Hi! I am Andrey Fedorov. And this is my first winter in St. Petersburg.
Andrey Fedorov, reporter: “I lack sunlight, the wind gets under my skin and I am bewildered by zero centigrade in January. But I am particularly surprised by the amount of snow in the streets, on the roads and atop the roofs. Namely – how exactly it is being cleaned”.
Why is not taken care of?
Mohammed Barat, street cleaner: “You need to throw salt here, shovels won’t help. Yeah, they break”
Why are you not working and standing still?
Viktor Ivanov, driver of a snowplow: “How am I supposed to work? By closing off the road? It’s impossible to work – as you can see”.
Heavy traffic, unbreakable ice and never-ending snowfall. Since the beginning of the winter, St. Petersburg has registered more than a meter of rainfall. Many say that this is an anomaly for a city located at the 60th latitude.
Others say that thick and heavy rain can be seen every winter, but this time it’s the biggest in 5 years. Utility services have been throwing everything they have at their disposal.
Vadim Mizyukin, head of department on complex road maintenance at Utilities Committee of St. Petersburg: “Everyone would want more gear and manpower. And if we had a possibility to increase those two-fold, we would’ve certainly done it – and cleaned up the city twice as fast. But we can only depend on the resources which are provided to us by our financing”.
1155 mechanized units and unconventional solutions, which exploded the Internet lately. For instance, a passenger van was used in one area to take out the snow.
Andrey Fedorov, reporter: “This convertible at Chkalovsky Prospekt became a social media hit in January. The abandoned Volga has been here since the beginning of the winter and has turned into a very photogenic pile of snow. And it also illustrates what utility services name as the biggest problem in cleaning the streets – they claim dense parking hampers them”
To solve this kind of problem, such off-roaders have been commissioned this year – for the first time ever. Also becoming social media sensations. And we have managed to find them. It turns out that this idea came from Europe and was realized in St. Petersburg. Those have hit the streets of Kalininskiy district - as an experiment.
Alexey Sautkin, driver: “It is highly maneuverable, easy to drive and compact – you can see how good it is on the road. I think this experiment has proved to be a success”.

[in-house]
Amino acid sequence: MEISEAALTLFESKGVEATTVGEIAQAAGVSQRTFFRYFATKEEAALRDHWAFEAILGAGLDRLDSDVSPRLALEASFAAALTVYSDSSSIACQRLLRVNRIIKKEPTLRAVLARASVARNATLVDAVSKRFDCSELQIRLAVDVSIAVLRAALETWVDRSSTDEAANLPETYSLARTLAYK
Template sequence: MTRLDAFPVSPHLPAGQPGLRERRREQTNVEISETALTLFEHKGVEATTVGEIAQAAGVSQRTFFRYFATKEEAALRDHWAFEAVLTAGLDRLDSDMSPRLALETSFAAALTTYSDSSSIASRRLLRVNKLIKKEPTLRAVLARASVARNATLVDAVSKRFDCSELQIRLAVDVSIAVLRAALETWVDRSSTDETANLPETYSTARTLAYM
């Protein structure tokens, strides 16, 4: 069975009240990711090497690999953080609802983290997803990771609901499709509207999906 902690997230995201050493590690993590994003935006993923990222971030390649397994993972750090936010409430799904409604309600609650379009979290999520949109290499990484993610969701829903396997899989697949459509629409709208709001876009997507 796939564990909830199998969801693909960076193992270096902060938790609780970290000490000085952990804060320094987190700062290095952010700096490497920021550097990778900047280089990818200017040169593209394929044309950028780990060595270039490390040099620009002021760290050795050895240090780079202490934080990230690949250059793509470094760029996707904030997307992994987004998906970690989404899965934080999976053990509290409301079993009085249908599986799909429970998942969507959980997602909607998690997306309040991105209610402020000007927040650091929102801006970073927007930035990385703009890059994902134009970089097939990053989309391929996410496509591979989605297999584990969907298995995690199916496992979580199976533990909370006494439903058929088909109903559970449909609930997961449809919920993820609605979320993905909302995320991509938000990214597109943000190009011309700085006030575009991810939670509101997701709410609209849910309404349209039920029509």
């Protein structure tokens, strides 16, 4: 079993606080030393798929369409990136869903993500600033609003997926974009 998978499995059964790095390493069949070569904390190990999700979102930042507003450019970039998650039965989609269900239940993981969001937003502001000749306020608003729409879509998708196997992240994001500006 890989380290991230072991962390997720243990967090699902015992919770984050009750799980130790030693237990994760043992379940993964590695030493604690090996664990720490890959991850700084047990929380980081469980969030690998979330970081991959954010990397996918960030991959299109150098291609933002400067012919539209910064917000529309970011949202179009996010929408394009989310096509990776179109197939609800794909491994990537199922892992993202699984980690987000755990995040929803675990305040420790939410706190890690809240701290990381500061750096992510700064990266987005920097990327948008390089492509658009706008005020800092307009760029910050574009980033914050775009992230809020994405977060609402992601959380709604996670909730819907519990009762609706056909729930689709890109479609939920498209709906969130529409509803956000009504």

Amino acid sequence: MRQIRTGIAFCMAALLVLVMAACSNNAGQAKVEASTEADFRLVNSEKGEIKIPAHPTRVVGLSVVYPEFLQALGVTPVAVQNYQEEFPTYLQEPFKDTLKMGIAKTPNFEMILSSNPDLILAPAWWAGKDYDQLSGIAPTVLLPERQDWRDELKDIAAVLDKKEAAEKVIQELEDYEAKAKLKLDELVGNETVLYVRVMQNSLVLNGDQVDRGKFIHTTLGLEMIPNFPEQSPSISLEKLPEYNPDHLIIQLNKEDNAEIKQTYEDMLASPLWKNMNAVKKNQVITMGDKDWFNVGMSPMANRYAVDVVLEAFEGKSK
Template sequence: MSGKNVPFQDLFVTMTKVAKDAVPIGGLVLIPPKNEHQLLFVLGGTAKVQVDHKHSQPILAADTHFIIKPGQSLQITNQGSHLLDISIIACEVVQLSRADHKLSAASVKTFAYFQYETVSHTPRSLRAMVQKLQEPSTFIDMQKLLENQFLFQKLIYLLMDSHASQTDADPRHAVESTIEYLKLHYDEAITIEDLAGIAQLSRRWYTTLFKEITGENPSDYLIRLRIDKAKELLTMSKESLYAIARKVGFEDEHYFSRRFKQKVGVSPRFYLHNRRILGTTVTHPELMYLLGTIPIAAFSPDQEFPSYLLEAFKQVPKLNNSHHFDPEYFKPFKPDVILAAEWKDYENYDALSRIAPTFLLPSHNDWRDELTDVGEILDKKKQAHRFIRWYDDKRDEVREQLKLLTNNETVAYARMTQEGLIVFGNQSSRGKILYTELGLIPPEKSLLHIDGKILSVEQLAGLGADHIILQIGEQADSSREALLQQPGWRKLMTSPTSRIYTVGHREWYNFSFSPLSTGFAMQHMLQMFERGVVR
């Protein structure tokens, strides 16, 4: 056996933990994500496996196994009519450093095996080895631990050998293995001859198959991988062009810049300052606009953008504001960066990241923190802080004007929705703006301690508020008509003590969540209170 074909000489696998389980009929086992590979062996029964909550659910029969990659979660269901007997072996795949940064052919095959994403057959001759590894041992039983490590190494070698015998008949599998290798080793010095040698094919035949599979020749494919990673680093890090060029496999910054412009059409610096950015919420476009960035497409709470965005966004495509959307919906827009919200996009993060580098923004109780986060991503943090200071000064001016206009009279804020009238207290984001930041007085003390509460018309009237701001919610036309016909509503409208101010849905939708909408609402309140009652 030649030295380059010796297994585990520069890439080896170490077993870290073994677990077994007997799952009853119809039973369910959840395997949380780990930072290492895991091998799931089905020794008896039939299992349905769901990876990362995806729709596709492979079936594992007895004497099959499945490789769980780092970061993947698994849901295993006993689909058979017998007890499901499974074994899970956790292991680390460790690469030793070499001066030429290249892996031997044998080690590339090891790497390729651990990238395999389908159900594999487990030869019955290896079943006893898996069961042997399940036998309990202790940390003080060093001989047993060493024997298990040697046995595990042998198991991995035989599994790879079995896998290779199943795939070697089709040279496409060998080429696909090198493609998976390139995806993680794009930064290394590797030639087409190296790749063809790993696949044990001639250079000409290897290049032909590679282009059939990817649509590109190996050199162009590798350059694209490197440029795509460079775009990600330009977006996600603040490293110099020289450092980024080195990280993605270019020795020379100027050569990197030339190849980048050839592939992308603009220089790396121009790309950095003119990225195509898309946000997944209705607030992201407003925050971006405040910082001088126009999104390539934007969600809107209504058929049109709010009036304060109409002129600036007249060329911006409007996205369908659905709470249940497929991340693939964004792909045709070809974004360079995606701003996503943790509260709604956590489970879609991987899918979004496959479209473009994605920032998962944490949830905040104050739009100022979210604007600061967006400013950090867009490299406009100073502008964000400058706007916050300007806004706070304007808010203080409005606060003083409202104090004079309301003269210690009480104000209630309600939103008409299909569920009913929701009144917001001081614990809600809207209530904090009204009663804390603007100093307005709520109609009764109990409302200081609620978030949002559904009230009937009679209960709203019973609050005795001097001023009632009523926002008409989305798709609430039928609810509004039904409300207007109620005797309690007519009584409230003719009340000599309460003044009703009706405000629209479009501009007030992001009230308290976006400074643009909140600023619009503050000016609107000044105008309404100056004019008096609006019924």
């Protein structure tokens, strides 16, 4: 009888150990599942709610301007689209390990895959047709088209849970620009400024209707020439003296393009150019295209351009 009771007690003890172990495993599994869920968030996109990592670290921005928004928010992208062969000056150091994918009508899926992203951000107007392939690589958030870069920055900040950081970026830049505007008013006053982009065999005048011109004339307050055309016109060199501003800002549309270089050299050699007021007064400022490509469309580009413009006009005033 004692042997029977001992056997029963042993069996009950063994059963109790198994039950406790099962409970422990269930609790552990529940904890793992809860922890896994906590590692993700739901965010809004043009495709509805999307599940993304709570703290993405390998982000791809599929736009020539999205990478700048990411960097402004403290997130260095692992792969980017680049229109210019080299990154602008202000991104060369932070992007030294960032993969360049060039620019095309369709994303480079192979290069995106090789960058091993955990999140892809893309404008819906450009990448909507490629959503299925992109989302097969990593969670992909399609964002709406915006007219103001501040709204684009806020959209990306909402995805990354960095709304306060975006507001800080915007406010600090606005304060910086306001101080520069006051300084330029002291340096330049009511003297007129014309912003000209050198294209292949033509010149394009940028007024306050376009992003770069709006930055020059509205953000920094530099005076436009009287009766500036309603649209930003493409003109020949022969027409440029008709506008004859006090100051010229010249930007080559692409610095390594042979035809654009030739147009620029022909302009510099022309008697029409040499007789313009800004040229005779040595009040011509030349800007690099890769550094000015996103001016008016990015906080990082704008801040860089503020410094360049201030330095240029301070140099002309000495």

Andrey Fedorov, reporter: “Also, I have managed to find interesting numbers online – about the number of cleaners in the streets in different times. Before the revolution, those amounted to only three percent of the entire population. Even less than that in the Soviet times – only half-a-percent. Today, eight thousand people are cleaning the streets of the Northern Capital. With the population of 5 million people, this is only 0.15 percent”
It turns out that at the brink of the centuries, there were more than ten of them for every profit house. And the work itself was far more meticulous in those times, according to museum tour guide Yulia Smirnova. Because three different entities were overseeing its quality. If a pathway to a building or a rooftop were not cleaned, its owner faced a hefty fine. At times such serious approach led to humorous situations.
Yulia Smirnova, tour guide at S.M. Kirov Museum: “There was a directive to clean the snow next to buildings by a certain hour. One of the residents fulfilled it, others did not. And then other residents started complaining that there was not enough snow for sleds to drive through. So that diligent resident had to by snow from his neighbors – in order to enable sleds travelling through the streets again”
Was it cleaned better in the Soviet days?
And not because the snow was dumped into the Neva, as I believed. You do remember the “Irony of fate” movie by Ryazanov? That was a piece of fiction – realized on this very spot in the heart of St. Petersburg.
Street cleaners were motivated in those days. Every outsider was provided with accommodation. And to own it, the person would have to clean the streets for 5 years – without changing his employer.
Alexey Erofeev, regional historian: “The attitude towards Leningrad was somewhat different. People who came to Leningrad fell in love with it and became its residents”
A heavy cyclone hit Finland this week. But the people there did not feel any inconveniences. White snow mixed with granite crumbs under their feet. The same gear, but different approach.
According to forecasts, the cyclone will move soon. And then the Northern Capital will be hit by -20C temperatures, which I’m not looking forward to. For the time being, St. Petersburg’s winter is associated with a comfortable temperature and fluffy snow. And yes, I do not regret coming here.